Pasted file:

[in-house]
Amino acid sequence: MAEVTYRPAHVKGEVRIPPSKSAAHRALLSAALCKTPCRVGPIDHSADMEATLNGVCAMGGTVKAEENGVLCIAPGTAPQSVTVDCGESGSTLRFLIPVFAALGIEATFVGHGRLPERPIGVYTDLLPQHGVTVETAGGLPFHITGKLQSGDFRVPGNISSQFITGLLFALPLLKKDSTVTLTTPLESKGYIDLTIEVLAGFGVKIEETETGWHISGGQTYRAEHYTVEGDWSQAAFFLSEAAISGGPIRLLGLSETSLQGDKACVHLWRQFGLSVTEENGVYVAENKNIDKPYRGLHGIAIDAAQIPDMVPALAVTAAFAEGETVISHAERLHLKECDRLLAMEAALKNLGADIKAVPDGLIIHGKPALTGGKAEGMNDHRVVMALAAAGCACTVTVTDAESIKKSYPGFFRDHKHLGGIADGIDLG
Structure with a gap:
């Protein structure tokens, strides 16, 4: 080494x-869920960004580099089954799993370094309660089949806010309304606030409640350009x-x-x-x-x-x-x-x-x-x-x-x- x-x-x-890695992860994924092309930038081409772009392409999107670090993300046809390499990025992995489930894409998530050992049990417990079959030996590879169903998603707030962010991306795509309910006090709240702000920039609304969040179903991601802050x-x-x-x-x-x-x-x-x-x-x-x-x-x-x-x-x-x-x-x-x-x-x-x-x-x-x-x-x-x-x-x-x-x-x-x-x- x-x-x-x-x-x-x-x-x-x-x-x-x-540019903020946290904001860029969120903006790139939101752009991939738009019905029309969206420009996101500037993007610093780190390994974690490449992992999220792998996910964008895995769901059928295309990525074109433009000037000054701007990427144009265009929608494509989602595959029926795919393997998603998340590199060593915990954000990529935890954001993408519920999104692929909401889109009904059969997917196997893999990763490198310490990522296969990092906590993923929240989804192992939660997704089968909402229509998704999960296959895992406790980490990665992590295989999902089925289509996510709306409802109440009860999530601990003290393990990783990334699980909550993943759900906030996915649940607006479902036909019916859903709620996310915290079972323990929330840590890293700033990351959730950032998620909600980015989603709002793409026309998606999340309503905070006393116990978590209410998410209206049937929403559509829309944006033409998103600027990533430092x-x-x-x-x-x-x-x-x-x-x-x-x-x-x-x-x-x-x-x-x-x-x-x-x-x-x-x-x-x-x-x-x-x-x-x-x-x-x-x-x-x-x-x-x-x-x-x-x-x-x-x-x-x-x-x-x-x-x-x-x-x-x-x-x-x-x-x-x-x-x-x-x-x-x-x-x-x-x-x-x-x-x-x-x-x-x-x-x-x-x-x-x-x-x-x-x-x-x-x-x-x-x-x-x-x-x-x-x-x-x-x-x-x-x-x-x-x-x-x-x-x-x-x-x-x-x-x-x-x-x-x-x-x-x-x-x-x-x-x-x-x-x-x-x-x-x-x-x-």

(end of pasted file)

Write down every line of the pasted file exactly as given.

[in-house]
Amino acid sequence: MAEVTYRPAHVKGEVRIPPSKSAAHRALLSAALCKTPCRVGPIDHSADMEATLNGVCAMGGTVKAEENGVLCIAPGTAPQSVTVDCGESGSTLRFLIPVFAALGIEATFVGHGRLPERPIGVYTDLLPQHGVTVETAGGLPFHITGKLQSGDFRVPGNISSQFITGLLFALPLLKKDSTVTLTTPLESKGYIDLTIEVLAGFGVKIEETETGWHISGGQTYRAEHYTVEGDWSQAAFFLSEAAISGGPIRLLGLSETSLQGDKACVHLWRQFGLSVTEENGVYVAENKNIDKPYRGLHGIAIDAAQIPDMVPALAVTAAFAEGETVISHAERLHLKECDRLLAMEAALKNLGADIKAVPDGLIIHGKPALTGGKAEGMNDHRVVMALAAAGCACTVTVTDAESIKKSYPGFFRDHKHLGGIADGIDLG
Structure with a gap:
């Protein structure tokens, strides 16, 4: 080494x-869920960004580099089954799993370094309660089949806010309304606030409640350009x-x-x-x-x-x-x-x-x-x-x-x- x-x-x-890695992860994924092309930038081409772009392409999107670090993300046809390499990025992995489930894409998530050992049990417990079959030996590879169903998603707030962010991306795509309910006090709240702000920039609304969040179903991601802050x-x-x-x-x-x-x-x-x-x-x-x-x-x-x-x-x-x-x-x-x-x-x-x-x-x-x-x-x-x-x-x-x-x-x-x-x- x-x-x-x-x-x-x-x-x-x-x-x-x-540019903020946290904001860029969120903006790139939101752009991939738009019905029309969206420009996101500037993007610093780190390994974690490449992992999220792998996910964008895995769901059928295309990525074109433009000037000054701007990427144009265009929608494509989602595959029926795919393997998603998340590199060593915990954000990529935890954001993408519920999104692929909401889109009904059969997917196997893999990763490198310490990522296969990092906590993923929240989804192992939660997704089968909402229509998704999960296959895992406790980490990665992590295989999902089925289509996510709306409802109440009860999530601990003290393990990783990334699980909550993943759900906030996915649940607006479902036909019916859903709620996310915290079972323990929330840590890293700033990351959730950032998620909600980015989603709002793409026309998606999340309503905070006393116990978590209410998410209206049937929403559509829309944006033409998103600027990533430092x-x-x-x-x-x-x-x-x-x-x-x-x-x-x-x-x-x-x-x-x-x-x-x-x-x-x-x-x-x-x-x-x-x-x-x-x-x-x-x-x-x-x-x-x-x-x-x-x-x-x-x-x-x-x-x-x-x-x-x-x-x-x-x-x-x-x-x-x-x-x-x-x-x-x-x-x-x-x-x-x-x-x-x-x-x-x-x-x-x-x-x-x-x-x-x-x-x-x-x-x-x-x-x-x-x-x-x-x-x-x-x-x-x-x-x-x-x-x-x-x-x-x-x-x-x-x-x-x-x-x-x-x-x-x-x-x-x-x-x-x-x-x-x-x-x-x-x-x-």